BRANDON — The Phil Henry Trio was halfway through a concert at the Brandon Town Hall Saturday night when the building was struck by lightning during a severe thunderstorm.
To say it was electrifying would be an understatement.
It was over in a few seconds, but the bolt caused thousands of dollars in damage to the town hall’s stage lighting system.
In America, losing one’s sense of autonomy runs strongly against our individualistic character; it tears at the fabric of our cultural heritage. We are a nation born of small villages, proud of our services, and reluctant to let go of what became community institutions. We cling to our small town independence and bemoan the loss of autonomy when the inherent inefficiency compromises an institution’s viability.
There are some places in Vermont so special, you almost want to keep them to yourself. But it’s time to share.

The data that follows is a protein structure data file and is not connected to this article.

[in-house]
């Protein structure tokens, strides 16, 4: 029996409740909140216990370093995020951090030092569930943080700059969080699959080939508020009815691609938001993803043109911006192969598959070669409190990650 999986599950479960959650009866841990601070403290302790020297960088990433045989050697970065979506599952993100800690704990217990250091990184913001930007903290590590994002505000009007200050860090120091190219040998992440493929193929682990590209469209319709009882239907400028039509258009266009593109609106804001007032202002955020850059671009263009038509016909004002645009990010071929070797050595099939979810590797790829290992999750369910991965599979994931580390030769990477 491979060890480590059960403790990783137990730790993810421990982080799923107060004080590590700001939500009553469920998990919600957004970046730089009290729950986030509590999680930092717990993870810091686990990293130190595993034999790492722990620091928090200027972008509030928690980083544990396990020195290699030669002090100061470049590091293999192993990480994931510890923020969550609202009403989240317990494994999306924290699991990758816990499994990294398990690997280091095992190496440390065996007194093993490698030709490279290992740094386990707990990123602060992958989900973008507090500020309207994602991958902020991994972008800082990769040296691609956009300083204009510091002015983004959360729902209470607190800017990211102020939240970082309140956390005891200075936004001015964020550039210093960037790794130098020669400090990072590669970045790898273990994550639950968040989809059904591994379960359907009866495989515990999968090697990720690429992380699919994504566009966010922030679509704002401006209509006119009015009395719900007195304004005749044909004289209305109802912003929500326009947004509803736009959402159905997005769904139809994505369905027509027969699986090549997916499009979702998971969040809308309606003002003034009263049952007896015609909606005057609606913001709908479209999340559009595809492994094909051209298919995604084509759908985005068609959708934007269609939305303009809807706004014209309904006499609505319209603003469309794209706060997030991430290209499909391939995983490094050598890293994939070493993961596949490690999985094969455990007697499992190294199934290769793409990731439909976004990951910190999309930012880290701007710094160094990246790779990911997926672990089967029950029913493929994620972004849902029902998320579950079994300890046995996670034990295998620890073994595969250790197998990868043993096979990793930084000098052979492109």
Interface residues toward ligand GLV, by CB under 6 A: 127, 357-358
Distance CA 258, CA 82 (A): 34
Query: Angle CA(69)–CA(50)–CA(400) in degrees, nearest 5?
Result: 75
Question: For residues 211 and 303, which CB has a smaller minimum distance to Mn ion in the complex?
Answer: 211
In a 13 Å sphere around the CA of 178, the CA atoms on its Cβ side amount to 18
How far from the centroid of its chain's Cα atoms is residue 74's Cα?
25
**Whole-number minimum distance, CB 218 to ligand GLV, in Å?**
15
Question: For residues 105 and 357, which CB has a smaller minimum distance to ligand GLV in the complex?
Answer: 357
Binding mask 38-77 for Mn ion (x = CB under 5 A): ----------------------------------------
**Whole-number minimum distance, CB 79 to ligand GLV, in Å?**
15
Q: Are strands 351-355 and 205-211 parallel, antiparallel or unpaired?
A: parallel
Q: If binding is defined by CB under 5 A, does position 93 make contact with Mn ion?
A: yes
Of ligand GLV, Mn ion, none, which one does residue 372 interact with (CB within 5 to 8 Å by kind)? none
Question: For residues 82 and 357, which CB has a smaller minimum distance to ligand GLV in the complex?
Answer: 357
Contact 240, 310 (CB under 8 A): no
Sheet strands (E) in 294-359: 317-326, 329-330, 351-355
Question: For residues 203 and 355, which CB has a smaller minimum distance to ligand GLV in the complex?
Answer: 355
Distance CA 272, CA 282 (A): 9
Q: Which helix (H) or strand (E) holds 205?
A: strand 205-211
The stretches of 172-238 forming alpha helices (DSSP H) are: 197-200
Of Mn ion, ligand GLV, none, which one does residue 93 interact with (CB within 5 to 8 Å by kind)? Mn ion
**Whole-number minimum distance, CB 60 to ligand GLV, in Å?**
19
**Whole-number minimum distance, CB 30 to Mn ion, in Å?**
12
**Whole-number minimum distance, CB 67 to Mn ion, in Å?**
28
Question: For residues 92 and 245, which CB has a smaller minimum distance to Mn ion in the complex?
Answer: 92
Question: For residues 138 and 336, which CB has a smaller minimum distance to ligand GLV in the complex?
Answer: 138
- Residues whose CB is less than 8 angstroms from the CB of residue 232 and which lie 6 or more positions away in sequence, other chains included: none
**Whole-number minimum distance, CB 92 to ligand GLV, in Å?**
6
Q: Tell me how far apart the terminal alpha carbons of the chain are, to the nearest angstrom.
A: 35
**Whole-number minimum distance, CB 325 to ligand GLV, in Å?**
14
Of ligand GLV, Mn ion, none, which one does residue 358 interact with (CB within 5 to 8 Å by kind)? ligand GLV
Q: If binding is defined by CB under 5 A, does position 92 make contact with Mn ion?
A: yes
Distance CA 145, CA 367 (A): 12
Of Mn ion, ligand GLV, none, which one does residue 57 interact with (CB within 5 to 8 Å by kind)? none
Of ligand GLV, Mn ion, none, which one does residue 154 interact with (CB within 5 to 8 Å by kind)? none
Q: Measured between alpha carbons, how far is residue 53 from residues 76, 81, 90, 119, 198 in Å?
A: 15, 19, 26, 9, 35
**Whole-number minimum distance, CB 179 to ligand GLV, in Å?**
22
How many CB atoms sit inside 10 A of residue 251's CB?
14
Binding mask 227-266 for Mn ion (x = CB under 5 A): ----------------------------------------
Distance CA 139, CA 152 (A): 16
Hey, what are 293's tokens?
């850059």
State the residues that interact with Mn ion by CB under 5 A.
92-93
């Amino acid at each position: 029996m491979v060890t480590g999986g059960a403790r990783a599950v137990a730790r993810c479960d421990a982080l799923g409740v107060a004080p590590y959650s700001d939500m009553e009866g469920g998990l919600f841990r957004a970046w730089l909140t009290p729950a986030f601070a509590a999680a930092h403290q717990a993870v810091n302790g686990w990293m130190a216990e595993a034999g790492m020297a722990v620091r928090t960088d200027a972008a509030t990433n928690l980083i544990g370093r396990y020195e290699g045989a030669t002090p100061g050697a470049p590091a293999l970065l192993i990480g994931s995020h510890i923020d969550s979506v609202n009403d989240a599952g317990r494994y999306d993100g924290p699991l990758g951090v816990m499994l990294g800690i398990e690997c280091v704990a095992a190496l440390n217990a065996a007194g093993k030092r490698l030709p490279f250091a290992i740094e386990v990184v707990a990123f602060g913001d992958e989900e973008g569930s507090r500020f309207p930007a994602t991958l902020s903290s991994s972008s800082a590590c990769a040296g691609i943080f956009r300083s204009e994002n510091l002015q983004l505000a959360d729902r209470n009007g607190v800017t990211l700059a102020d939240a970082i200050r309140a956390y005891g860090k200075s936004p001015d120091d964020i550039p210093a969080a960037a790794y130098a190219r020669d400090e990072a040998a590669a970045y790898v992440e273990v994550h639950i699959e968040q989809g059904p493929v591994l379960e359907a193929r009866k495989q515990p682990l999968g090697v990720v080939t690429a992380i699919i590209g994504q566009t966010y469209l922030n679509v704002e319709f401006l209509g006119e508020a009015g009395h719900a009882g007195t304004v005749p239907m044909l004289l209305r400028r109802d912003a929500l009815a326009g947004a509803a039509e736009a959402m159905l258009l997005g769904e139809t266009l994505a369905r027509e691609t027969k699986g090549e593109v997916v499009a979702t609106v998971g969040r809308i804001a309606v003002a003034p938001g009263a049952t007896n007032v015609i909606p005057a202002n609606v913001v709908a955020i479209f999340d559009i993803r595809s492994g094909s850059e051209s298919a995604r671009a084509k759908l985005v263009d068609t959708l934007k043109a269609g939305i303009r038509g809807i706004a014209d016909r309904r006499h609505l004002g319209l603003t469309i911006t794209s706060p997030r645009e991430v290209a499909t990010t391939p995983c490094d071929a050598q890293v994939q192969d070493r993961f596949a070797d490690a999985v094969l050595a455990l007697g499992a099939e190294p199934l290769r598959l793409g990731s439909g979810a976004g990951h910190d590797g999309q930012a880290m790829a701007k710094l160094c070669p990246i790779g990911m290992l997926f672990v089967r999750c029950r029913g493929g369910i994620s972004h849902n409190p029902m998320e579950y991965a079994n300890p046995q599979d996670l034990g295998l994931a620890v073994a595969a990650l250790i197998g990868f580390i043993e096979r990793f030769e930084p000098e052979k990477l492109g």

Years ago, when our soon-to-be-high-school-senior was just in third grade, a classmate’s dad at Mary Hogan generously tipped us off to The Best Place to Family Camp in Vermont Ever.
So here goes — whether this draws the ire of others who guard this particular “secret” or whether it’s just a public service — here goes.
The victories of Sue Minter and Phil Scott in the primary elections last week demonstrate that in Vermont it is still possible to win elections without running negative advertisements and in spite of being outspent at the end of the campaign.
Early this summer on the Vergennes/Monkton Road I saw not one but five snowy egrets.
I saw them feeding in front of the new salamander crossing. Putting my binoculars on them I saw they were gorging themselves on salamanders. On their behalf I want to thank the environmentalist who erected the crossing.
I heard there were 81 salamanders counted at the crossing. Not bad cost effectiveness at forty-thousand dollars each.
A Successful Welcome Supplies Drive for Refugees
This week’s writer is Ellen Repstad, assistant principal at Mount Abraham Union Middle/High School in Bristol.